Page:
How The Vision-Impaired Are Being Gouged By Aid Device Makers

We’re about to see some great new products to aid the vision-impaired, but some companies are still insanely and hypocritically over-pricing their products. Here’s a story on one such company gouging the vision-impaired.

About Stewart Wolpin

I have been writing about consumer electronics for four decades, including news, reviews, analysis and history for a wide variety of consumer, niche and trade outlets. For the Consumer Technology Association (CTA), I annually update the industry's history and write the official biographies of the CTA Hall of Fame inductees. Aside from writing about consumer technology for a variety of consumer, tech and trade publications, I write a blog and do market research for Digital Technology Consulting. In the non-tech world, I have written "Bums No More: The Championship Season of the 1955 Brooklyn Dodgers" and "The Rules of Neighborhood Poker According to Hoyle." Check out my work at
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2 Responses to How The Vision-Impaired Are Being Gouged By Aid Device Makers

  1. Robert Hoffman says:

    Your article claims that manufacturers could earn more by pricing lower and selling more. You don’t understand this market. These people are not selling to the customer. They’re selling to the insurers. They want it to be as expensive as possible and still get organizations like the Veterans Administration to pay for it. There is no incentive for them to cut the price. A lot of assistive technology is like this. True, the market is smaller and there are development costs but assistive tech is for the most part overpriced and poorly engineered.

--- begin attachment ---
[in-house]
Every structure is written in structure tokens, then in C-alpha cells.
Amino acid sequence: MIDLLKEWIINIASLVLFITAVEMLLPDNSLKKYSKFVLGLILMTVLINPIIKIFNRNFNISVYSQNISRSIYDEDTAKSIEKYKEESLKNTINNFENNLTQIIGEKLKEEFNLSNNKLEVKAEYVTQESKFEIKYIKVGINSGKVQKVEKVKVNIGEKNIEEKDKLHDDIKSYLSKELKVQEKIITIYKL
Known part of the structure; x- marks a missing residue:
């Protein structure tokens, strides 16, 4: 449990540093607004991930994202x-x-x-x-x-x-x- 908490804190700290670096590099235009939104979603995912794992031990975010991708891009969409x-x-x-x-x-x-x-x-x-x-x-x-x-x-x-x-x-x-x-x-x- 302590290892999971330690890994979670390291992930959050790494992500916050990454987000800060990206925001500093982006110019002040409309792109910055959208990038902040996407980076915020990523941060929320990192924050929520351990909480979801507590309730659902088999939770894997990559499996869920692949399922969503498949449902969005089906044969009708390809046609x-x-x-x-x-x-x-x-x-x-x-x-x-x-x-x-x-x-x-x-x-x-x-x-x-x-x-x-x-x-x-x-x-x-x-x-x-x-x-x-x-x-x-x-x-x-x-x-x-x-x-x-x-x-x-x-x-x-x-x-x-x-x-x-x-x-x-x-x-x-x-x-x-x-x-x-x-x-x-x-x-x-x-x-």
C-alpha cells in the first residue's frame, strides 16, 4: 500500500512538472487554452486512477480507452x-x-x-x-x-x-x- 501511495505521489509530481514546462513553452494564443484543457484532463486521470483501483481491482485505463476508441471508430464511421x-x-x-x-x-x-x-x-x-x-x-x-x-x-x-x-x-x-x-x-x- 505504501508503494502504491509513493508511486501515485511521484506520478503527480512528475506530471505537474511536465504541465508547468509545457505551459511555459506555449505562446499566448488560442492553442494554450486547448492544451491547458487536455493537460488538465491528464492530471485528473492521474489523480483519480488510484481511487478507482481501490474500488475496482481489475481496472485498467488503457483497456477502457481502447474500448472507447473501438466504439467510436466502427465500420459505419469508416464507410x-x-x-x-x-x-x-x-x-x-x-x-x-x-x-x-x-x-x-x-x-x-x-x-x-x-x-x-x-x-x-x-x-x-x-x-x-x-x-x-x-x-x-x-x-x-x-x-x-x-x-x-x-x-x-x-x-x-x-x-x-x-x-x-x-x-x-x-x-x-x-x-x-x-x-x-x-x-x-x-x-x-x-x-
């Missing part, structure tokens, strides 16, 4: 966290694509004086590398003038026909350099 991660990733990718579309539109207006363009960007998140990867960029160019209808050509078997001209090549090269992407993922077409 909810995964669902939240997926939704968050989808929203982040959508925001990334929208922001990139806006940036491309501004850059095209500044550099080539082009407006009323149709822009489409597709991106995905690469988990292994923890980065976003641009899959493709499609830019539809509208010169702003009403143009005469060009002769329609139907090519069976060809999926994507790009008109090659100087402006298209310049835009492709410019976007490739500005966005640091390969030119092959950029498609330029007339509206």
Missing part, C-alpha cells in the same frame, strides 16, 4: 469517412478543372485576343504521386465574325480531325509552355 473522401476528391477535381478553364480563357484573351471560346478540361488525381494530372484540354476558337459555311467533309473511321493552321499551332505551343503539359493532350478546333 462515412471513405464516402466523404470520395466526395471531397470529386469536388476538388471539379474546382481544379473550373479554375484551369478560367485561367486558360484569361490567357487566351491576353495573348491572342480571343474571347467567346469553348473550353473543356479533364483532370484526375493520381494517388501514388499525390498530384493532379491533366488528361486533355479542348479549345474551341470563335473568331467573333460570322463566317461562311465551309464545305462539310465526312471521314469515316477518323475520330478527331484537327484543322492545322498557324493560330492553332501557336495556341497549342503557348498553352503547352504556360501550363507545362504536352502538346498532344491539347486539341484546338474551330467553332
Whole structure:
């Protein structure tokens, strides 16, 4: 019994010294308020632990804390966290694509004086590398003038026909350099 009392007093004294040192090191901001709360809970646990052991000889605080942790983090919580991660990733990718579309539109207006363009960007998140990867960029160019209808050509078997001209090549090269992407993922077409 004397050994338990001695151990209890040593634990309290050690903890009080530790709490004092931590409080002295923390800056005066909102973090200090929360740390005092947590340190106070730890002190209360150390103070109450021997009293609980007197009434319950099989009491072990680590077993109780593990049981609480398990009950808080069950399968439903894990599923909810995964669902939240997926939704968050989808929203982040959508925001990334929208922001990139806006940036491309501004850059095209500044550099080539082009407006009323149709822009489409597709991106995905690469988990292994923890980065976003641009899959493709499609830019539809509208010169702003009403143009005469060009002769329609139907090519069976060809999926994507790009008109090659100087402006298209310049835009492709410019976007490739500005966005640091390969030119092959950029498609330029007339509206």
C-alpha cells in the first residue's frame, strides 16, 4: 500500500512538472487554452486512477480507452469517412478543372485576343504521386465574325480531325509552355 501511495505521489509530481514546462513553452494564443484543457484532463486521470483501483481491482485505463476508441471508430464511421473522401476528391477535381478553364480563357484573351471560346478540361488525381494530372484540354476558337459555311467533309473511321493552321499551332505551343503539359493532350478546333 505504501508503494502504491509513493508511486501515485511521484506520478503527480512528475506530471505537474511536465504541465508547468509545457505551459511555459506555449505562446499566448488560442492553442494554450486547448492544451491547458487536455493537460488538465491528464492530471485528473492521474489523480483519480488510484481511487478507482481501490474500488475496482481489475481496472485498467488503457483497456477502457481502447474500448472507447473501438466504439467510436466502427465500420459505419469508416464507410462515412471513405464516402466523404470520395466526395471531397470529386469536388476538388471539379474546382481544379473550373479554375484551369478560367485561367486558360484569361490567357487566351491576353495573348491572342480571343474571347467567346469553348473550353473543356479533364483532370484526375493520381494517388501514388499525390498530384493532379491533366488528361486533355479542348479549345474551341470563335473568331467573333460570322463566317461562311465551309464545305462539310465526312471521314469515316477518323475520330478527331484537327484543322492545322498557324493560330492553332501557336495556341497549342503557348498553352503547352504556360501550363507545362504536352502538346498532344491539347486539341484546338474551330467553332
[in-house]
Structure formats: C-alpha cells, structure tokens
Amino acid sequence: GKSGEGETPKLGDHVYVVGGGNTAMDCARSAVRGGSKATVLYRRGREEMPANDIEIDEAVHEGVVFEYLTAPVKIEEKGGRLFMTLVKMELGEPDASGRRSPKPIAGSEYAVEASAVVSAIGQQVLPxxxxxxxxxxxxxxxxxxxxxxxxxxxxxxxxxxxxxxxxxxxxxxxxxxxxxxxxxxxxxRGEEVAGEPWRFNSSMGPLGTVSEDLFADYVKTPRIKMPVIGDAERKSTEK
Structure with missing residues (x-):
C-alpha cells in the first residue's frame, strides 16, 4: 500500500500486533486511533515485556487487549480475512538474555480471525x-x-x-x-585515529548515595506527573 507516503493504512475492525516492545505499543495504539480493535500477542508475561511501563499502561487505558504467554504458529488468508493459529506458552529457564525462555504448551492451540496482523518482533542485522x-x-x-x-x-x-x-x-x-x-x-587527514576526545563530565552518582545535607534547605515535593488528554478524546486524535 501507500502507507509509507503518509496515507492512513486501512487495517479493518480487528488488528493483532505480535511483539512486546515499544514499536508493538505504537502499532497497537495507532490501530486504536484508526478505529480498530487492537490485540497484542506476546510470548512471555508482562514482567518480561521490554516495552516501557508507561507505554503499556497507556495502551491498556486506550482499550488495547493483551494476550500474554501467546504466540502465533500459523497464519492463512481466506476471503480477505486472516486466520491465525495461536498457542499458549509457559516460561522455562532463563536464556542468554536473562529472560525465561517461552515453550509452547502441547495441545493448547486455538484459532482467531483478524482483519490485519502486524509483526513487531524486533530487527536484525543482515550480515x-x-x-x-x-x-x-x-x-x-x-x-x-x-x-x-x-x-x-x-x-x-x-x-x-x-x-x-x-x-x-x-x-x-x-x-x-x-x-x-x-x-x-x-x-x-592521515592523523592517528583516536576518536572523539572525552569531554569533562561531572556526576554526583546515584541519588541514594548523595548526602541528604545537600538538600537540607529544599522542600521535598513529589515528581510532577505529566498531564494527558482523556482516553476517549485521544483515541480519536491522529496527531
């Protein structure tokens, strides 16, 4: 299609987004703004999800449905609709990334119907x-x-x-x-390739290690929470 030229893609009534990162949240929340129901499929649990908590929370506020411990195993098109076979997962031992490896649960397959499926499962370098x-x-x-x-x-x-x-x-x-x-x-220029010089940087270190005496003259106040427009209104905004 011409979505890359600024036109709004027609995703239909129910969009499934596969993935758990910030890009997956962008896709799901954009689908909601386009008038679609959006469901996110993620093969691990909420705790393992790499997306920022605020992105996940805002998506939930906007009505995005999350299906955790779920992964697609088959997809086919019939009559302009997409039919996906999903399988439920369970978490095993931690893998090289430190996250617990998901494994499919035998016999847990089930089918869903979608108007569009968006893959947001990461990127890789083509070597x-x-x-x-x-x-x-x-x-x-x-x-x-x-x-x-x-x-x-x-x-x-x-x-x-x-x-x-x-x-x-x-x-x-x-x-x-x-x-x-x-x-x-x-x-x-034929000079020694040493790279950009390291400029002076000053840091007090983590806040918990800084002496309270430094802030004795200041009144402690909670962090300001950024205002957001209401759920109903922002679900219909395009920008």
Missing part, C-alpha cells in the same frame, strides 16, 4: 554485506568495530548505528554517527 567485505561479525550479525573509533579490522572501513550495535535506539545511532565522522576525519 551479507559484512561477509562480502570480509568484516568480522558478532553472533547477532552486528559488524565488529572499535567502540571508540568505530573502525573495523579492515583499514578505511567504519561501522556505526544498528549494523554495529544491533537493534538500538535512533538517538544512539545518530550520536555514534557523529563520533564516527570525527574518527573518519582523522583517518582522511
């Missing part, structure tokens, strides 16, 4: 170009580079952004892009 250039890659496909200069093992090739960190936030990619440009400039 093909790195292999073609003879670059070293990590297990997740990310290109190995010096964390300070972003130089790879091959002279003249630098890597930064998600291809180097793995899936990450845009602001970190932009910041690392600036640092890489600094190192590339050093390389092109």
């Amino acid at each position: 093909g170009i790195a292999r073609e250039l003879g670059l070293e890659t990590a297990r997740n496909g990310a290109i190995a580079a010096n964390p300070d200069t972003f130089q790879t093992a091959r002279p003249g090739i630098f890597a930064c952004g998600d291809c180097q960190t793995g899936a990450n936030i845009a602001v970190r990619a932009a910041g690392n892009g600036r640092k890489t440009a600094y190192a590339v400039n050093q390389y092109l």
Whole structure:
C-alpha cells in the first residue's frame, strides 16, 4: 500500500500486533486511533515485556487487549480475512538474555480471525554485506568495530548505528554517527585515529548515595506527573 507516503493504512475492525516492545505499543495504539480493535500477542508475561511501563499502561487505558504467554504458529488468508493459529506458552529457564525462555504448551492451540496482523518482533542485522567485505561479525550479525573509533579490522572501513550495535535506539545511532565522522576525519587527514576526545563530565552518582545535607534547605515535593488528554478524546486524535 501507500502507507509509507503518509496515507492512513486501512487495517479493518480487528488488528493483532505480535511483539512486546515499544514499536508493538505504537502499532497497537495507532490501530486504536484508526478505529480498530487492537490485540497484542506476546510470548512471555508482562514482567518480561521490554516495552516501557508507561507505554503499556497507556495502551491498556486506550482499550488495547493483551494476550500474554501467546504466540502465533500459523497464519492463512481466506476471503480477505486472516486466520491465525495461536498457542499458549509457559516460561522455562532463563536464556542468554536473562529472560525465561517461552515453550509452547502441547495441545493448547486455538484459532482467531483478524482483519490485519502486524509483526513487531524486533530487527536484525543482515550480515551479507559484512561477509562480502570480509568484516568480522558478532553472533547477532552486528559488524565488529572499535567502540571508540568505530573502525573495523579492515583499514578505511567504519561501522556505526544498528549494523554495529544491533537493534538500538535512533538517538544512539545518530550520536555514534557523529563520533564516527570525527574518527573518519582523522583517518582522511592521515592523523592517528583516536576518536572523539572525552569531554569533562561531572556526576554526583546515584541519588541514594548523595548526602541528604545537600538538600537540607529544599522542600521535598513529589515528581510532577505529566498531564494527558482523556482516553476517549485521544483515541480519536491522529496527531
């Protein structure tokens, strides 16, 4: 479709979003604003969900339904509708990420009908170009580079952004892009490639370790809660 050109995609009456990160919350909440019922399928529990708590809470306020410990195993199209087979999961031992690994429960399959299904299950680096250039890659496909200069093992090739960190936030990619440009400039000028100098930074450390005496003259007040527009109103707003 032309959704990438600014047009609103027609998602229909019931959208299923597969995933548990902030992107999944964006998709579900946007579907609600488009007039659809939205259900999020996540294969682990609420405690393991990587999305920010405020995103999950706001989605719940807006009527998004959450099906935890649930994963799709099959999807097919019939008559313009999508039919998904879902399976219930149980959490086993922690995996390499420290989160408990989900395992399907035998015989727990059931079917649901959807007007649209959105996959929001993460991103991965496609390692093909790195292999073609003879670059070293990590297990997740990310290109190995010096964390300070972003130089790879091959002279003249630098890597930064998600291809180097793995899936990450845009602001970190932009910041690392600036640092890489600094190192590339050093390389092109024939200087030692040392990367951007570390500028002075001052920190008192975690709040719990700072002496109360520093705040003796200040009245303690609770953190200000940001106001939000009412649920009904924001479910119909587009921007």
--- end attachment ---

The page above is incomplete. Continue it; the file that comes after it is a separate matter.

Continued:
I’m lucky enough not to be impaired (yet). I have a sister who is totally blind and seriously hearing impaired. The number of products which could help is pitiful. The prices are high. In her case, almost nothing is covered by insurance. Hearing aids? Try $5,000 a pair. An outright scam. She gets $500 a month which is supposed to cover food, clothing, shelter. Our government has an evil sense of humor.

    Look at the prices of most other items intended for the disabled. They’re not priced to be affordable by the users. People don’t care. Get to your last year of life and you can spend all the earnings of a lifetime in a heartbeat.

    • Stewart Wolpin says:

      Robert – Actually, these vendors ARE selling direct to consumers (my mother checked several of them out via company sales people), and, you’re right, most are NOT covered by insurance.

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